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The California Court of Appeals recently held that Bill Cosby could be liable for public comments his ex-lawyer made on his behalf. This was the second time the California Court of Appeals took up defamation issues involving Cosby and Janice Dickinson, who accused Cosby of raping her in 1982.
The opinion came out a day after Bill Cosby and Janice Dickenson settled for what Dickinson’s attorney described as an “epic amount.”
The case didn’t just settle for an epic amount, it also involved an epic amount of legal jostling.
Janice Dickinson filed a defamation lawsuit against Bill Cosby in 2015 for comments his attorney, Martin Singer, made shortly after an interview she gave to Entertainment Tonight where she alleged Cosby raped her.
Singer released statements on November 18, 19, 20 and 21 that stated both explicitly and implied in various terms that Dickinson was lying and making opportunistic claims.
That February, Dickinson’s attorney, Lisa Bloom, sent a letter requesting retraction of the comments made on November 18 and 19. Neither Singer nor Cosby retracted the statements. The original complaint alleged that since Cosby failed to retract his attorney’s statements, Cosby endorsed and ratified those statements.
Cosby then filed an anti-SLAPP motion, alleging that Dickinson could not win because her claims could not be discoverable under attorney-client privilege. Ultimately, the issue went to the California Court of Appeals, who held that her claims were not barred. The court remanded, and further legal action ensued, with Dickinson filing an amended complaint and Cosby again filing an anti-SLAPP motion. The California court of Appeals again weighed in, this time on the comments made on November 20 and 21. The issue was not just whether Cosby was vicariously liable, but also directly liable, for the comments his attorney made.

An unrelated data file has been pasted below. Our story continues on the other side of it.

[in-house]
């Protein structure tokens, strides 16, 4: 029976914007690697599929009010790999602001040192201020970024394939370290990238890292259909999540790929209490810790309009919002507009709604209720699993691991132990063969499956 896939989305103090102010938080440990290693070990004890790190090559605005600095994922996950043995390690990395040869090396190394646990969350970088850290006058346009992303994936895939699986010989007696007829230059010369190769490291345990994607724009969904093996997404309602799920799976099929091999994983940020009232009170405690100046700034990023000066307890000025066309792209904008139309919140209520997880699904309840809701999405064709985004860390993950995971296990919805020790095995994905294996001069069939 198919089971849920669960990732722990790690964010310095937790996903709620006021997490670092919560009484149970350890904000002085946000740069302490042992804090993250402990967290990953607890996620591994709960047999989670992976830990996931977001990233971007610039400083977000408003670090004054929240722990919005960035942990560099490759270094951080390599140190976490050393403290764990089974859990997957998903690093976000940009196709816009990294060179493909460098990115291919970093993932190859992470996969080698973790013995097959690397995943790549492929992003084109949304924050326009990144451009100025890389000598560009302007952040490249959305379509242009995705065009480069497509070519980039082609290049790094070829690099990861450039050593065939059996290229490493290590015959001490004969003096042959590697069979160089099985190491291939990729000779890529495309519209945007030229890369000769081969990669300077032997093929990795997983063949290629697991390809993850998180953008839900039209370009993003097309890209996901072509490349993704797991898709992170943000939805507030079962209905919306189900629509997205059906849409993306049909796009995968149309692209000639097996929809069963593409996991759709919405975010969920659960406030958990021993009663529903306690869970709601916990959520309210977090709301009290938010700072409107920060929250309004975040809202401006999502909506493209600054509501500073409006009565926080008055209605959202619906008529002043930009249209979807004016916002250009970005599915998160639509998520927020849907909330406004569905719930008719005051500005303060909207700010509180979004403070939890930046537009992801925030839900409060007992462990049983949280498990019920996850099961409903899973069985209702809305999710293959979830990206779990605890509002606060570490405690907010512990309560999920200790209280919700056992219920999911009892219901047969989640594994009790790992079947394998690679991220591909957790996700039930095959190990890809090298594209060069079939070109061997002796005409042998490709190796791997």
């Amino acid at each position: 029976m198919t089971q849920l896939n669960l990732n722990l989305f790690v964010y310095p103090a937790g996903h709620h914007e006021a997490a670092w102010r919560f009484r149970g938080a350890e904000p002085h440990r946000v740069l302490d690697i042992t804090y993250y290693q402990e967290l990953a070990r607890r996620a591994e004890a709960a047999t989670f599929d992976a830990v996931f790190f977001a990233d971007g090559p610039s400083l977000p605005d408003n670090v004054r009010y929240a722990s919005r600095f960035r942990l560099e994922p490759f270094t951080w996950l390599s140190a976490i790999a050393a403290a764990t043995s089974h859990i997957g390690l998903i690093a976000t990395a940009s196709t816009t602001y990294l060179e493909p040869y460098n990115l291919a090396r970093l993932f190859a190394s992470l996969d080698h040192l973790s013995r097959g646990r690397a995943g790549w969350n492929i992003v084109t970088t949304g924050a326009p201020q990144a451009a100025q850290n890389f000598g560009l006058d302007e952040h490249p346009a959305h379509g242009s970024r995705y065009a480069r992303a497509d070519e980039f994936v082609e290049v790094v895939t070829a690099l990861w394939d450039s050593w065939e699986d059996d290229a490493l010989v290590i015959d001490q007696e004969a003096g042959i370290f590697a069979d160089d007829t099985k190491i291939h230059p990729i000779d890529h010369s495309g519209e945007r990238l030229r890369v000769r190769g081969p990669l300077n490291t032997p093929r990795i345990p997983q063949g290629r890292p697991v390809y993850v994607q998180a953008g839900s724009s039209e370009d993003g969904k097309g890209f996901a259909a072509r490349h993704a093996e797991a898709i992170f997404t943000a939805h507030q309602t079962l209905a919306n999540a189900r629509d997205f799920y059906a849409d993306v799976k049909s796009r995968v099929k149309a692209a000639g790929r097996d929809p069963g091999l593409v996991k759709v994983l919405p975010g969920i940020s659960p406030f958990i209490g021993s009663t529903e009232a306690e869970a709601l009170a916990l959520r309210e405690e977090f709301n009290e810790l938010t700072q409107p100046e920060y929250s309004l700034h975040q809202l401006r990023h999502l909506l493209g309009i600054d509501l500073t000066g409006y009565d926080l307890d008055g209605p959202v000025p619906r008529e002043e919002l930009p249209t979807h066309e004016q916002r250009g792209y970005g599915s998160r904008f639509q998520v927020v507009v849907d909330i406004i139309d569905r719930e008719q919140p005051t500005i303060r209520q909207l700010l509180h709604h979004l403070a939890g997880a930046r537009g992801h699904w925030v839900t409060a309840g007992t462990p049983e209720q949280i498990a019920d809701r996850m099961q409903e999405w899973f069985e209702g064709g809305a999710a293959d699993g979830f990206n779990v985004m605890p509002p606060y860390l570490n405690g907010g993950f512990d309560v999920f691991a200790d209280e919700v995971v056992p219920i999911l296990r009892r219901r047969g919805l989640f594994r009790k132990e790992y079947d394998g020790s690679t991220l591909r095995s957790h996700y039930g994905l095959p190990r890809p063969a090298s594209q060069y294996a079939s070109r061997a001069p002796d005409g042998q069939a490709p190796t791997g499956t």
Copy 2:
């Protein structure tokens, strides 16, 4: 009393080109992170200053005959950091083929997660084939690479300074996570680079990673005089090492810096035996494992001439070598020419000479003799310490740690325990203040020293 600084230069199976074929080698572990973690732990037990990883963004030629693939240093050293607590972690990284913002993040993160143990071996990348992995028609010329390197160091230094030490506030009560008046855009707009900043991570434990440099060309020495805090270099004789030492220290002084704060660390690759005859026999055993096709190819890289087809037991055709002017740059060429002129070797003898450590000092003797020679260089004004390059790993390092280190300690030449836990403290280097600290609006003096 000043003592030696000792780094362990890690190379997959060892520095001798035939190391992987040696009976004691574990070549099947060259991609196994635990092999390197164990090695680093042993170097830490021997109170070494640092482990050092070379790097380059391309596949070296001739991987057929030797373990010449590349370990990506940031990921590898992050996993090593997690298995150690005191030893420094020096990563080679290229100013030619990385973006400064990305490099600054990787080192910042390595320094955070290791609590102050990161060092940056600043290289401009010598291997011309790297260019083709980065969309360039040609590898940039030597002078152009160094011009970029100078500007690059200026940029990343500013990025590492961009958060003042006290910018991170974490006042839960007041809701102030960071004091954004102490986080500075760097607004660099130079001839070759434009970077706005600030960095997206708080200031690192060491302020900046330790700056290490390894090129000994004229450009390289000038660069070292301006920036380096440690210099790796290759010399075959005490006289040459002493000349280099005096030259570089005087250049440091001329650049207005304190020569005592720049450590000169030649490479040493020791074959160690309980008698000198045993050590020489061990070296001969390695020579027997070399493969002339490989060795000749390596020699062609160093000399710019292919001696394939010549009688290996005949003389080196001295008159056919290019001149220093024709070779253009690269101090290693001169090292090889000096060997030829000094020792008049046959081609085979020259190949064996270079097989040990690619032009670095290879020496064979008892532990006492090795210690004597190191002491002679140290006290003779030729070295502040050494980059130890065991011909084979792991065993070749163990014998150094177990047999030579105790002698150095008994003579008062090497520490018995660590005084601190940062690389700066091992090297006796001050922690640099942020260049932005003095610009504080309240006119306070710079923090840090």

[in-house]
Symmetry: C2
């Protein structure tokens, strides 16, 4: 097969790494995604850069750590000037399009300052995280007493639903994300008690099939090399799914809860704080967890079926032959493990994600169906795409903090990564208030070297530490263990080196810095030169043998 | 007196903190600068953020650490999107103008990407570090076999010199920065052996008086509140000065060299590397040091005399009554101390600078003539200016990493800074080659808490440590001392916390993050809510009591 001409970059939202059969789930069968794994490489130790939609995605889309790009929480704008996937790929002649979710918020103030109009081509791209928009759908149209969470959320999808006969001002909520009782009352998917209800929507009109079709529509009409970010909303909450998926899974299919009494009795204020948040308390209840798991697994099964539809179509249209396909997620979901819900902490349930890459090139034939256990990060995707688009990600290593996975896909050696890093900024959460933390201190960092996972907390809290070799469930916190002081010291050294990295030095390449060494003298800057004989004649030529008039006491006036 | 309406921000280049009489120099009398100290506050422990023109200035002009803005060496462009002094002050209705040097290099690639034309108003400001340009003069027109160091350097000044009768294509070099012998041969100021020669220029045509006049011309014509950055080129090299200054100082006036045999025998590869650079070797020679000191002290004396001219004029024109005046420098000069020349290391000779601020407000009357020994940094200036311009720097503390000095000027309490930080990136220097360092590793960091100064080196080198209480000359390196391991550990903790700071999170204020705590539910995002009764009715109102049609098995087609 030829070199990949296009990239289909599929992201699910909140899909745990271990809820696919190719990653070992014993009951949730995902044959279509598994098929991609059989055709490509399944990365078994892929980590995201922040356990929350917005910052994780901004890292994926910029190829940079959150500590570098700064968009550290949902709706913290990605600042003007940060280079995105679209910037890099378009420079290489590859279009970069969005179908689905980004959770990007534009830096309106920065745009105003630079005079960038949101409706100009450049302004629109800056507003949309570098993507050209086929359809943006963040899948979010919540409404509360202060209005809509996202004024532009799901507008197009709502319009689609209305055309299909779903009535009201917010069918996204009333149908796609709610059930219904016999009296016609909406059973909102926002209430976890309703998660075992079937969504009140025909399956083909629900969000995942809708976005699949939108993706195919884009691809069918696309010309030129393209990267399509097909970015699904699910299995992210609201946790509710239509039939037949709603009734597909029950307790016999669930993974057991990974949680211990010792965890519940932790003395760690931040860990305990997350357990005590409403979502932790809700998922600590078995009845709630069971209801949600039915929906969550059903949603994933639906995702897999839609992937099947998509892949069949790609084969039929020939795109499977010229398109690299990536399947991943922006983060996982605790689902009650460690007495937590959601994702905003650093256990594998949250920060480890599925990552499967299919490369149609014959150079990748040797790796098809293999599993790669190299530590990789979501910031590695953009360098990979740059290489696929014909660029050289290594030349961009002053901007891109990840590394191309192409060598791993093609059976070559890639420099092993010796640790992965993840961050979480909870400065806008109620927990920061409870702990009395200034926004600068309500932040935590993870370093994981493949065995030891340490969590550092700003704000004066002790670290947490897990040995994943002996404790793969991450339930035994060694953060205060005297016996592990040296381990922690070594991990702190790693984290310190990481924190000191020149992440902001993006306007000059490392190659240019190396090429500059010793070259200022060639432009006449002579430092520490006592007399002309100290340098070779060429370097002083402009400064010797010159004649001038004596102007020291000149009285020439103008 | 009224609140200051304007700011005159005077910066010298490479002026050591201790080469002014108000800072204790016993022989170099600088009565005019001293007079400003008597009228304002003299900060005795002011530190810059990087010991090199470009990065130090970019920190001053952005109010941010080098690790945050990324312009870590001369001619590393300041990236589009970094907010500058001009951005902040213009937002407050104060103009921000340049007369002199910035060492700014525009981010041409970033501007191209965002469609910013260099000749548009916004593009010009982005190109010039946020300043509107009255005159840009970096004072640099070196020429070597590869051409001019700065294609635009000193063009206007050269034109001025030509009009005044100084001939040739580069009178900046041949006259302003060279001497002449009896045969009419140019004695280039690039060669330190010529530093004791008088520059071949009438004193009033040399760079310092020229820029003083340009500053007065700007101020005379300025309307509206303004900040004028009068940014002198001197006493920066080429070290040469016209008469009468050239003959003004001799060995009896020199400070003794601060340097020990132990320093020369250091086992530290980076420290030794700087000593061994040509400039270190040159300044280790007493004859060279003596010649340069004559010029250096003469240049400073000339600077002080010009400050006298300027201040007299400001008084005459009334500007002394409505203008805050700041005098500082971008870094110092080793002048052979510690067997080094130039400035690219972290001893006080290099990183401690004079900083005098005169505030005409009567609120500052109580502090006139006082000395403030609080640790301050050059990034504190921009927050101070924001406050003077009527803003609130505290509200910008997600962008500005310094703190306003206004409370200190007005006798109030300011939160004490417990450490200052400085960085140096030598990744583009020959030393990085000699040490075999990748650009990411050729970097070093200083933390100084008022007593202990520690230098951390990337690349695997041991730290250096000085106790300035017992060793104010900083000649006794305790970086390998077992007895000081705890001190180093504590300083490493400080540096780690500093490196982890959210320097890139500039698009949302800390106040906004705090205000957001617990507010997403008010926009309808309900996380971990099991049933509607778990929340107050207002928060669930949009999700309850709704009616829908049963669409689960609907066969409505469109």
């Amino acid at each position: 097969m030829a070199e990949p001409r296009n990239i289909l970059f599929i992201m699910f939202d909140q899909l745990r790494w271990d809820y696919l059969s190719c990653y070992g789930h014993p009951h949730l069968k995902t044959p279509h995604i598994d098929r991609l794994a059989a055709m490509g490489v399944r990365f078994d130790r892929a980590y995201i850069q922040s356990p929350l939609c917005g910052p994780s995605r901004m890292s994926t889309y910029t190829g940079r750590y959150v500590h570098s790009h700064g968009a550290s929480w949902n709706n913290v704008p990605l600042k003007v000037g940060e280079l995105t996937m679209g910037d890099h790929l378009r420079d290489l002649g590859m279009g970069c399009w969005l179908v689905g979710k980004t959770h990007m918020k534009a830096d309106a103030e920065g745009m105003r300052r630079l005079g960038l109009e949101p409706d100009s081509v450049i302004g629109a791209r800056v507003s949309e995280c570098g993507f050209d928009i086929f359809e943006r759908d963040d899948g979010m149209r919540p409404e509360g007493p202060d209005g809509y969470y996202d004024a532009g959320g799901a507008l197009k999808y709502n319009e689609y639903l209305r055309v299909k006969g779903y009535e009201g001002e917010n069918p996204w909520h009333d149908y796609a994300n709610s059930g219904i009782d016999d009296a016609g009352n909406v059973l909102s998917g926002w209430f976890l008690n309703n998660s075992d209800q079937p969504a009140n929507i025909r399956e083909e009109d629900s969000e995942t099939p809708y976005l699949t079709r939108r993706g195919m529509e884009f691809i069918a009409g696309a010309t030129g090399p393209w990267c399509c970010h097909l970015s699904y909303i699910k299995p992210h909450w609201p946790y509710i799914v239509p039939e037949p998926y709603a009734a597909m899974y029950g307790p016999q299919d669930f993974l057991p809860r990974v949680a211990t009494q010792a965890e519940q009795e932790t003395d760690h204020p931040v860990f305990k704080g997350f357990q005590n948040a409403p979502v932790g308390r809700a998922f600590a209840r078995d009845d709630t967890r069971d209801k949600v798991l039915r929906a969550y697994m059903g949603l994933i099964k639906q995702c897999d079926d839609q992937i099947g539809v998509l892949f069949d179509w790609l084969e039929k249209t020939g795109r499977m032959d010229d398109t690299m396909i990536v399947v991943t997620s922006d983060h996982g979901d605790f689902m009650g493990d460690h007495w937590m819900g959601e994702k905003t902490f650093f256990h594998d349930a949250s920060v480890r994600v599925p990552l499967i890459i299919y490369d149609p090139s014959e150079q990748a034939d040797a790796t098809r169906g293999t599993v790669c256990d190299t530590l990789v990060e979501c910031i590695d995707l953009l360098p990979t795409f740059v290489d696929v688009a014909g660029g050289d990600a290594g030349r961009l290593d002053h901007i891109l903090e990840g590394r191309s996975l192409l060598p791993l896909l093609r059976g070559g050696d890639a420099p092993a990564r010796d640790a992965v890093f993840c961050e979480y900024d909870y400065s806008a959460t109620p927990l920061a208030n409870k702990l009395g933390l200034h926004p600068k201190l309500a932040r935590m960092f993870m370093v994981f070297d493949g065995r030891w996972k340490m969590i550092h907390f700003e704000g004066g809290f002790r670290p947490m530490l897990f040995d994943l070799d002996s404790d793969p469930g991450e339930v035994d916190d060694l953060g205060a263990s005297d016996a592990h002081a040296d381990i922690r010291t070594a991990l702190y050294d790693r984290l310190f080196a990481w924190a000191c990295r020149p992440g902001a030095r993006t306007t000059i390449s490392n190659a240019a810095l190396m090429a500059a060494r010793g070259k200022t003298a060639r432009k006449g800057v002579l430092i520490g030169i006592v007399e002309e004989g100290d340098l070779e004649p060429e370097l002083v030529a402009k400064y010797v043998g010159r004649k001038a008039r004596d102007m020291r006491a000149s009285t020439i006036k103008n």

The court determined that there was enough evidence to support Dickinson’s claim that Cosby is directly liable for his attorney’s claims. While Cosby argued that any relevant discovery would be protected under attorney-client privilege, the California Court of Appeals noted that Dickinson could potentially prove her case by showing that Singer routinely sought approval prior to sending out letters to the press on behalf of clients in his 40-year career.
Further, the court held that there was enough evidence that Cosby ratified the statements that he could be held vicariously liable for the statements. It was enough for the court to deny Cosby’s anti-SLAPP motion in its entirety.
Interestingly, Singer was also named as a defendant in the amended complaint. However, the trial court granted his anti-SLAPP motion, writing that the only way Singer could have known his statements were false were through conversations with Cosby; conversations that are protected under attorney-client privilege and not discoverable. Counsel for defendants can rest a bit easier.
Cosby is currently appealing his criminal conviction for a separate instance involving sexual assault.
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